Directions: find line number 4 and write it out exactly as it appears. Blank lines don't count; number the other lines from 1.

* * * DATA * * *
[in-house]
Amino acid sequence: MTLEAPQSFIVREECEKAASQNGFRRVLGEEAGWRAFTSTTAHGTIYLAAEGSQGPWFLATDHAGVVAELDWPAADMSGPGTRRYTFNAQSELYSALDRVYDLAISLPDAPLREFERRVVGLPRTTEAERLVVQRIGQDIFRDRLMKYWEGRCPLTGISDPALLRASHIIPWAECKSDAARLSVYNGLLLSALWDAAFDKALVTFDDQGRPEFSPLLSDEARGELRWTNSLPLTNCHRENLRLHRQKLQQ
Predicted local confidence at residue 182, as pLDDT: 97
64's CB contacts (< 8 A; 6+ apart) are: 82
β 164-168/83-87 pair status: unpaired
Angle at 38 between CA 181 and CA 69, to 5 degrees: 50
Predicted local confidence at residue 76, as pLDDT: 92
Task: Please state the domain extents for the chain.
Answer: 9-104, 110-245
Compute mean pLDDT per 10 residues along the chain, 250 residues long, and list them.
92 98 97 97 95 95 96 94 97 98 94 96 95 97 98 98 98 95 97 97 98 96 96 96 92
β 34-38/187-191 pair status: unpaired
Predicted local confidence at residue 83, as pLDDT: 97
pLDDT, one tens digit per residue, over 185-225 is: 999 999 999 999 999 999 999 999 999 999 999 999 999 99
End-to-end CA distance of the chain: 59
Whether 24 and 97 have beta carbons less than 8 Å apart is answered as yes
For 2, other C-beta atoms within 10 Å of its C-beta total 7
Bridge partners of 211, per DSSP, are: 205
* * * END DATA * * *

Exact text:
64's CB contacts (< 8 A; 6+ apart) are: 82